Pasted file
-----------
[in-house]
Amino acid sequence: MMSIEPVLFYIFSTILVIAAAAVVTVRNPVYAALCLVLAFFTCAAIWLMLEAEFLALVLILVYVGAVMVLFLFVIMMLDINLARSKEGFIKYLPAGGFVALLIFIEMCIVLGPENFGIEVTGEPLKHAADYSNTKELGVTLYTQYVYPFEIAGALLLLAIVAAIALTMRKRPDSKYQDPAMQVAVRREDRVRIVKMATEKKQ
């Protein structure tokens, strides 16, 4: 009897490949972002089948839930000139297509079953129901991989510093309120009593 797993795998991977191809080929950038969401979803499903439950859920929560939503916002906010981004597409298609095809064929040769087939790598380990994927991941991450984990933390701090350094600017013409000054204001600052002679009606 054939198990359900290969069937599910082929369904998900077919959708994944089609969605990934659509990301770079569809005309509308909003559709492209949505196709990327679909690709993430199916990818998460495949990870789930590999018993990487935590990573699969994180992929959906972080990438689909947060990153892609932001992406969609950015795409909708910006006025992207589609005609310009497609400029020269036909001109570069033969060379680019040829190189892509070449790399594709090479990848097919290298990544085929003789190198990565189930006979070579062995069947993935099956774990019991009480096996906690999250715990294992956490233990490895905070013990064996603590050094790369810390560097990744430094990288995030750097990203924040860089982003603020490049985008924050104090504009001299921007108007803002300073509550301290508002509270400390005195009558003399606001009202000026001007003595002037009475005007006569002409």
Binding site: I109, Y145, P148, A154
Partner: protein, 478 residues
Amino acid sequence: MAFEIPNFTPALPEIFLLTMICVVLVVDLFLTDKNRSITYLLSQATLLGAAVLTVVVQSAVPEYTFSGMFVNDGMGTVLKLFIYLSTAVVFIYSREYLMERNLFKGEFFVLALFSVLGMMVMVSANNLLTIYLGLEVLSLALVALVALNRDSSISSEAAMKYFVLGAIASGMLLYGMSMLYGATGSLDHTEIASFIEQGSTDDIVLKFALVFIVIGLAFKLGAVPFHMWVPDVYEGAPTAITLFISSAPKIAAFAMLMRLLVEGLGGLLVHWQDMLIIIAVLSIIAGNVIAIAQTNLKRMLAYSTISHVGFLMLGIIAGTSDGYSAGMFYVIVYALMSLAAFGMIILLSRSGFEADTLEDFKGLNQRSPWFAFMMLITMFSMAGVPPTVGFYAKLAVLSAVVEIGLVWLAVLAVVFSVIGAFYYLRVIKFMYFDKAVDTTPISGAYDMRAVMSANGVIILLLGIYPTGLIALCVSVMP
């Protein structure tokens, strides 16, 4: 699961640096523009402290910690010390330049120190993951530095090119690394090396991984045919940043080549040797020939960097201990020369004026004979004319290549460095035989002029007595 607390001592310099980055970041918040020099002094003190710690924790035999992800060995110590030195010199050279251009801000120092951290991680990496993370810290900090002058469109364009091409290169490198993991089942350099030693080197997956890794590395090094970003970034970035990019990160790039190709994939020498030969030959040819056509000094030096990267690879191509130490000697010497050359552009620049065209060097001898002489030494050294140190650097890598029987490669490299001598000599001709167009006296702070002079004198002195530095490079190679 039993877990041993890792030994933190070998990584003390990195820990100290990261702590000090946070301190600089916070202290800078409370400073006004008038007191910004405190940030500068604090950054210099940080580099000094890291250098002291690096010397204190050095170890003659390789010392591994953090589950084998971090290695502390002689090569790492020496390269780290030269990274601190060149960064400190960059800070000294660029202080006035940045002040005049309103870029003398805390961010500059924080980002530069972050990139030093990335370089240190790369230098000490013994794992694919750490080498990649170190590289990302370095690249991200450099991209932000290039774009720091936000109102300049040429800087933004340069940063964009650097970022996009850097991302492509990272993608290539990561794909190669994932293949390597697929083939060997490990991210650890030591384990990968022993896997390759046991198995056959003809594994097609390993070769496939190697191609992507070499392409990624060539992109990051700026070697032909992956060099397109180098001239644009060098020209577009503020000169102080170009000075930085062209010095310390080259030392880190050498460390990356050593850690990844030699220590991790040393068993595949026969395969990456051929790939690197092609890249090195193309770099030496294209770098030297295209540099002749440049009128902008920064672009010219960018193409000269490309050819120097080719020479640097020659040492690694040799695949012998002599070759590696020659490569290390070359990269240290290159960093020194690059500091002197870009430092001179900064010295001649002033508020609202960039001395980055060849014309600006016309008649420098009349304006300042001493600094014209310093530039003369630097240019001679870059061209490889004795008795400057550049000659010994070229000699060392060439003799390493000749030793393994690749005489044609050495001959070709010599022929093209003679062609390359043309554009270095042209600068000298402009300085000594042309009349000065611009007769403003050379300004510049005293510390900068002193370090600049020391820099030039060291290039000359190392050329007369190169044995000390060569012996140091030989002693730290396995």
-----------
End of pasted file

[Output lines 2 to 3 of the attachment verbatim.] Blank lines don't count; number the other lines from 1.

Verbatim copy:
Amino acid sequence: MMSIEPVLFYIFSTILVIAAAAVVTVRNPVYAALCLVLAFFTCAAIWLMLEAEFLALVLILVYVGAVMVLFLFVIMMLDINLARSKEGFIKYLPAGGFVALLIFIEMCIVLGPENFGIEVTGEPLKHAADYSNTKELGVTLYTQYVYPFEIAGALLLLAIVAAIALTMRKRPDSKYQDPAMQVAVRREDRVRIVKMATEKKQ
């Protein structure tokens, strides 16, 4: 009897490949972002089948839930000139297509079953129901991989510093309120009593 797993795998991977191809080929950038969401979803499903439950859920929560939503916002906010981004597409298609095809064929040769087939790598380990994927991941991450984990933390701090350094600017013409000054204001600052002679009606 054939198990359900290969069937599910082929369904998900077919959708994944089609969605990934659509990301770079569809005309509308909003559709492209949505196709990327679909690709993430199916990818998460495949990870789930590999018993990487935590990573699969994180992929959906972080990438689909947060990153892609932001992406969609950015795409909708910006006025992207589609005609310009497609400029020269036909001109570069033969060379680019040829190189892509070449790399594709090479990848097919290298990544085929003789190198990565189930006979070579062995069947993935099956774990019991009480096996906690999250715990294992956490233990490895905070013990064996603590050094790369810390560097990744430094990288995030750097990203924040860089982003603020490049985008924050104090504009001299921007108007803002300073509550301290508002509270400390005195009558003399606001009202000026001007003595002037009475005007006569002409």